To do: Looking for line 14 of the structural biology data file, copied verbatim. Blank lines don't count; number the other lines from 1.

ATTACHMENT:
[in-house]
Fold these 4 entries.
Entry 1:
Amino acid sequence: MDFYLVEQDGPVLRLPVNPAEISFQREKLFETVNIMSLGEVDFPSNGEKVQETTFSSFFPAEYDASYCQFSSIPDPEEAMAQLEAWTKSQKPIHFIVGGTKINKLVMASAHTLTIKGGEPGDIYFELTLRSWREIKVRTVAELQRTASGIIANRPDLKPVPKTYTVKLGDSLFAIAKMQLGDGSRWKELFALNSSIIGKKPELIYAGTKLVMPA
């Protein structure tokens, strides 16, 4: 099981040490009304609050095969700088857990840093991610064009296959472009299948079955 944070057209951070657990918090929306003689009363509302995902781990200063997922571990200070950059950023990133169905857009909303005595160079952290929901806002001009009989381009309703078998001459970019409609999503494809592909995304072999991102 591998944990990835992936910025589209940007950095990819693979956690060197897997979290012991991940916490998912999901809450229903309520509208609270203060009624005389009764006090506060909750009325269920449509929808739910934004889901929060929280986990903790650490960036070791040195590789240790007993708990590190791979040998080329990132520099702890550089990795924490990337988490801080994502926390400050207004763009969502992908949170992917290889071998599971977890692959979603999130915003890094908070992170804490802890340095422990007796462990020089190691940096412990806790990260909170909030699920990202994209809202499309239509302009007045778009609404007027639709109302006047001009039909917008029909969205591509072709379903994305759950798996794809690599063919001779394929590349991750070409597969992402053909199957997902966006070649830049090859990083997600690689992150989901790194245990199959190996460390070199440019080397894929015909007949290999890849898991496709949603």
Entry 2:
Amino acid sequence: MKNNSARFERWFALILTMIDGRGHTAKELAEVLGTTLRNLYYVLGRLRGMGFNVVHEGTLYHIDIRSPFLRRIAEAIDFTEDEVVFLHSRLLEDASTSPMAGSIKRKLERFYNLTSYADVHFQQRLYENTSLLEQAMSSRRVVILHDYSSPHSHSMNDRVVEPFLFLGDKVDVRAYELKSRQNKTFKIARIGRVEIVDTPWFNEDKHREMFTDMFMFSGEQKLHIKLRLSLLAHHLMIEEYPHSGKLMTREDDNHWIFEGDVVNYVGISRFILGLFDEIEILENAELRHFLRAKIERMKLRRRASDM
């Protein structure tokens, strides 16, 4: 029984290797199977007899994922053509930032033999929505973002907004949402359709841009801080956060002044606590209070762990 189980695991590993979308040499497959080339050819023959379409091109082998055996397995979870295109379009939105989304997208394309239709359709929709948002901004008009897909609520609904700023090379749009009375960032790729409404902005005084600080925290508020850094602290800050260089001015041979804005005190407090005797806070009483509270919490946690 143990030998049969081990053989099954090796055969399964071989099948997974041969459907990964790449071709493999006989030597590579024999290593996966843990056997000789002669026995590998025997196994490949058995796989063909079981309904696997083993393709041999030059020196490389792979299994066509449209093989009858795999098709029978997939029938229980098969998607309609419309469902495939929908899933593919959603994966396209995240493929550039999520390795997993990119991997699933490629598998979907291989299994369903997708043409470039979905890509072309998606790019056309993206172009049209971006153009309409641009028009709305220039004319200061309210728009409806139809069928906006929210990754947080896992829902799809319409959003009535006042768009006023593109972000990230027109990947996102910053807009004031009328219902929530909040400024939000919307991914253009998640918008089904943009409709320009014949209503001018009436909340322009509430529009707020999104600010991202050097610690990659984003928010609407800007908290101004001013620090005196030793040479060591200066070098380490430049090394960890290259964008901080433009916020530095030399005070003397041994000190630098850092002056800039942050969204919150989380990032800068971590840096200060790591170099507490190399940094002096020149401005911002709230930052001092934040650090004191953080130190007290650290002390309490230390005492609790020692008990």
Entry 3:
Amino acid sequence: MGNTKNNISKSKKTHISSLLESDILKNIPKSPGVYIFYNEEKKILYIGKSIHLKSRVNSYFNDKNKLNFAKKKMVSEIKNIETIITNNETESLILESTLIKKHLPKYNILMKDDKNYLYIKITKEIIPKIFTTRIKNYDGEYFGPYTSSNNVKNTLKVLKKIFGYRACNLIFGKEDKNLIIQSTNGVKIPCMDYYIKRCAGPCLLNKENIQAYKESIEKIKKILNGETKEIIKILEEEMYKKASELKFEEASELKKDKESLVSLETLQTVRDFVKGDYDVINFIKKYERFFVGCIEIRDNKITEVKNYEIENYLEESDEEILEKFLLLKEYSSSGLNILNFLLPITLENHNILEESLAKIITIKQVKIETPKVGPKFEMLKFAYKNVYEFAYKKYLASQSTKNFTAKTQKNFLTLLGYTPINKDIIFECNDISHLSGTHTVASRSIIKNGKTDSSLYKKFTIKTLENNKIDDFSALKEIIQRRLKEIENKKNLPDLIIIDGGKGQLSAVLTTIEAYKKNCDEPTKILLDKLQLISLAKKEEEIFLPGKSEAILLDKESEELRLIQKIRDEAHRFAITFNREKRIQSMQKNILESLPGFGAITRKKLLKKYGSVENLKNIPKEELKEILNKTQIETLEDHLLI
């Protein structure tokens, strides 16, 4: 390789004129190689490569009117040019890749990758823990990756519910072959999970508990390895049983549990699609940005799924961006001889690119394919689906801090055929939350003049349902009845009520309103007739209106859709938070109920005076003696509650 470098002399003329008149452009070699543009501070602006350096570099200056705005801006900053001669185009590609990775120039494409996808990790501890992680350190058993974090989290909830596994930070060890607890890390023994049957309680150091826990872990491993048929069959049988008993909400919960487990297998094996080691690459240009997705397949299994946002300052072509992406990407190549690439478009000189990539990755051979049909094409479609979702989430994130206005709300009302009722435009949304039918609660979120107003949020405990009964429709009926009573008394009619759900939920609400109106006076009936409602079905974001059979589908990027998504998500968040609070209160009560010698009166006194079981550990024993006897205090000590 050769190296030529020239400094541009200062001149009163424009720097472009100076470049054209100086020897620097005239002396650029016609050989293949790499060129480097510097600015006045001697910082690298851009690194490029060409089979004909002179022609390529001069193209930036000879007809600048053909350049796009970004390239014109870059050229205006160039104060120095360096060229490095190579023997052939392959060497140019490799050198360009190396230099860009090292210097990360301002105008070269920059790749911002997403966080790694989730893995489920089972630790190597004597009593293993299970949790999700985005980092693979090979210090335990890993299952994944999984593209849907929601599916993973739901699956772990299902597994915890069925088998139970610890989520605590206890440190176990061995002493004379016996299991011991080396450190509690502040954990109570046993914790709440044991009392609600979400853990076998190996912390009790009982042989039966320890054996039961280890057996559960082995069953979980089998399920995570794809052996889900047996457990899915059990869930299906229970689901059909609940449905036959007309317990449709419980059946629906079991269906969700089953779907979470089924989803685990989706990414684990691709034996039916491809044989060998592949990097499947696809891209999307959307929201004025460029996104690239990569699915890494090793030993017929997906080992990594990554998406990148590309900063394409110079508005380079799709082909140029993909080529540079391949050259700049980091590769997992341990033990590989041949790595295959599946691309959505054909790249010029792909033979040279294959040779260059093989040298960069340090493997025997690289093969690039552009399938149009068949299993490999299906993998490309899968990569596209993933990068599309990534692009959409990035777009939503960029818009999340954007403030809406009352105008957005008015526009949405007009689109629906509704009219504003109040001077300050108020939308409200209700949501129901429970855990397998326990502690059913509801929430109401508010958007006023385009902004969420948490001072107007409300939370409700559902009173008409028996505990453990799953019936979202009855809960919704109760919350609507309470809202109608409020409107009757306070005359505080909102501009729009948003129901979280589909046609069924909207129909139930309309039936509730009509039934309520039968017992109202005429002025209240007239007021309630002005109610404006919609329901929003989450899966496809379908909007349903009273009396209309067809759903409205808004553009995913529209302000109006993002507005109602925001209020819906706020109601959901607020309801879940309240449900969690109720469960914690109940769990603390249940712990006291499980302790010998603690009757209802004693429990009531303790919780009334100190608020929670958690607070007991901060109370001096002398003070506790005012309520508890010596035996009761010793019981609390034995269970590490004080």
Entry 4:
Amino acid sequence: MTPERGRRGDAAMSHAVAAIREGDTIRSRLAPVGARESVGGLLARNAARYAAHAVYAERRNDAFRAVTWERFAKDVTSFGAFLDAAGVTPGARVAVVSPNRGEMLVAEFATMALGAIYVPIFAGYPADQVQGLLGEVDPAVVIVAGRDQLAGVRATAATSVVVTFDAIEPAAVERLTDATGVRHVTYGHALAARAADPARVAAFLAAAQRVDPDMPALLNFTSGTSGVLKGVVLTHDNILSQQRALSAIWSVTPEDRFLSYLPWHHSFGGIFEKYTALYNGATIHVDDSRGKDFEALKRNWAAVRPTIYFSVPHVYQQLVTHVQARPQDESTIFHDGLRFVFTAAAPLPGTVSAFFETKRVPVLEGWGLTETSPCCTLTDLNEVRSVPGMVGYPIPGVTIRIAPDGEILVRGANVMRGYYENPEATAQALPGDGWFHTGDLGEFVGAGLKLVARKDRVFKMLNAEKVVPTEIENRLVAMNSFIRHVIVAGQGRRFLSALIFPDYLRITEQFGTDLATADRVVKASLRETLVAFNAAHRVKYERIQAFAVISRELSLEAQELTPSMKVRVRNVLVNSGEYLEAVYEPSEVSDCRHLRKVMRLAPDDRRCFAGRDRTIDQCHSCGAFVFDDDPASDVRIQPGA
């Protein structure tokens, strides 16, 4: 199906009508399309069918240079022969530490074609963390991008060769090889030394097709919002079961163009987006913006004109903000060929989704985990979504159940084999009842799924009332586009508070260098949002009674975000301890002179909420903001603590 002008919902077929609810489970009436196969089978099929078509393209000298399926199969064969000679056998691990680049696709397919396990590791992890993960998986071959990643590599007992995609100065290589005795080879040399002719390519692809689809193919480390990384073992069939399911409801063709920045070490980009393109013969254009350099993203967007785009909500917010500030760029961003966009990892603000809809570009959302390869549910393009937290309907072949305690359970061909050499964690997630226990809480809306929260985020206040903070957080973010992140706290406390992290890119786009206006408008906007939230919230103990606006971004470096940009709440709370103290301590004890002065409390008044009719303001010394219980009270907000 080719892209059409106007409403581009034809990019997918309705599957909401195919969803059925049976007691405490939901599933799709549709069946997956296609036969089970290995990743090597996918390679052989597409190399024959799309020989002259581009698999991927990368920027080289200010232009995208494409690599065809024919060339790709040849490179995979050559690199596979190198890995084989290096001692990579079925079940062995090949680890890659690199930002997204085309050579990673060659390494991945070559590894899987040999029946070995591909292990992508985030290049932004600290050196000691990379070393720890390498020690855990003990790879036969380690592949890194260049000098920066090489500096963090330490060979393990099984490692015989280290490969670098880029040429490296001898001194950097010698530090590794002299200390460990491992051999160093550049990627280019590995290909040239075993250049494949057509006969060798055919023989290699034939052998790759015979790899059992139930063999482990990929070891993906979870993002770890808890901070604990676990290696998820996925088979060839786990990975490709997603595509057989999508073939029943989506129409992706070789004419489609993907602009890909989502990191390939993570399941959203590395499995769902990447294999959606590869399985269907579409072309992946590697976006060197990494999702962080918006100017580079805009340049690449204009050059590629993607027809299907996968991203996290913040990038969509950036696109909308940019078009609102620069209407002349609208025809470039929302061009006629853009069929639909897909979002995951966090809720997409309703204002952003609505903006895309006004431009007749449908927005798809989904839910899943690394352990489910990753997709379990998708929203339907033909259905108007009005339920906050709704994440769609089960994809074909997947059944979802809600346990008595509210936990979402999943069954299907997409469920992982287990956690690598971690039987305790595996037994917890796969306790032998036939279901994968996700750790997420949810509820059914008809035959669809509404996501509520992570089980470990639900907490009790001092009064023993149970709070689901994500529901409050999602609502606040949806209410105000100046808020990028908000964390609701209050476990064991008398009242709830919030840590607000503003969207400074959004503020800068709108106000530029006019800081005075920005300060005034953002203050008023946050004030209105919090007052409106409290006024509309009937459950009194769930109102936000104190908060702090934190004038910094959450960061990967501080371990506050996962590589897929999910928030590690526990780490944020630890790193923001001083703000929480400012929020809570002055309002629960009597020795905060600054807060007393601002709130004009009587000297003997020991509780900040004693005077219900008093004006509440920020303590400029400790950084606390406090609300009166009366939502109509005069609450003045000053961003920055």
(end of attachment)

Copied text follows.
């Protein structure tokens, strides 16, 4: 199906009508399309069918240079022969530490074609963390991008060769090889030394097709919002079961163009987006913006004109903000060929989704985990979504159940084999009842799924009332586009508070260098949002009674975000301890002179909420903001603590 002008919902077929609810489970009436196969089978099929078509393209000298399926199969064969000679056998691990680049696709397919396990590791992890993960998986071959990643590599007992995609100065290589005795080879040399002719390519692809689809193919480390990384073992069939399911409801063709920045070490980009393109013969254009350099993203967007785009909500917010500030760029961003966009990892603000809809570009959302390869549910393009937290309907072949305690359970061909050499964690997630226990809480809306929260985020206040903070957080973010992140706290406390992290890119786009206006408008906007939230919230103990606006971004470096940009709440709370103290301590004890002065409390008044009719303001010394219980009270907000 080719892209059409106007409403581009034809990019997918309705599957909401195919969803059925049976007691405490939901599933799709549709069946997956296609036969089970290995990743090597996918390679052989597409190399024959799309020989002259581009698999991927990368920027080289200010232009995208494409690599065809024919060339790709040849490179995979050559690199596979190198890995084989290096001692990579079925079940062995090949680890890659690199930002997204085309050579990673060659390494991945070559590894899987040999029946070995591909292990992508985030290049932004600290050196000691990379070393720890390498020690855990003990790879036969380690592949890194260049000098920066090489500096963090330490060979393990099984490692015989280290490969670098880029040429490296001898001194950097010698530090590794002299200390460990491992051999160093550049990627280019590995290909040239075993250049494949057509006969060798055919023989290699034939052998790759015979790899059992139930063999482990990929070891993906979870993002770890808890901070604990676990290696998820996925088979060839786990990975490709997603595509057989999508073939029943989506129409992706070789004419489609993907602009890909989502990191390939993570399941959203590395499995769902990447294999959606590869399985269907579409072309992946590697976006060197990494999702962080918006100017580079805009340049690449204009050059590629993607027809299907996968991203996290913040990038969509950036696109909308940019078009609102620069209407002349609208025809470039929302061009006629853009069929639909897909979002995951966090809720997409309703204002952003609505903006895309006004431009007749449908927005798809989904839910899943690394352990489910990753997709379990998708929203339907033909259905108007009005339920906050709704994440769609089960994809074909997947059944979802809600346990008595509210936990979402999943069954299907997409469920992982287990956690690598971690039987305790595996037994917890796969306790032998036939279901994968996700750790997420949810509820059914008809035959669809509404996501509520992570089980470990639900907490009790001092009064023993149970709070689901994500529901409050999602609502606040949806209410105000100046808020990028908000964390609701209050476990064991008398009242709830919030840590607000503003969207400074959004503020800068709108106000530029006019800081005075920005300060005034953002203050008023946050004030209105919090007052409106409290006024509309009937459950009194769930109102936000104190908060702090934190004038910094959450960061990967501080371990506050996962590589897929999910928030590690526990780490944020630890790193923001001083703000929480400012929020809570002055309002629960009597020795905060600054807060007393601002709130004009009587000297003997020991509780900040004693005077219900008093004006509440920020303590400029400790950084606390406090609300009166009366939502109509005069609450003045000053961003920055």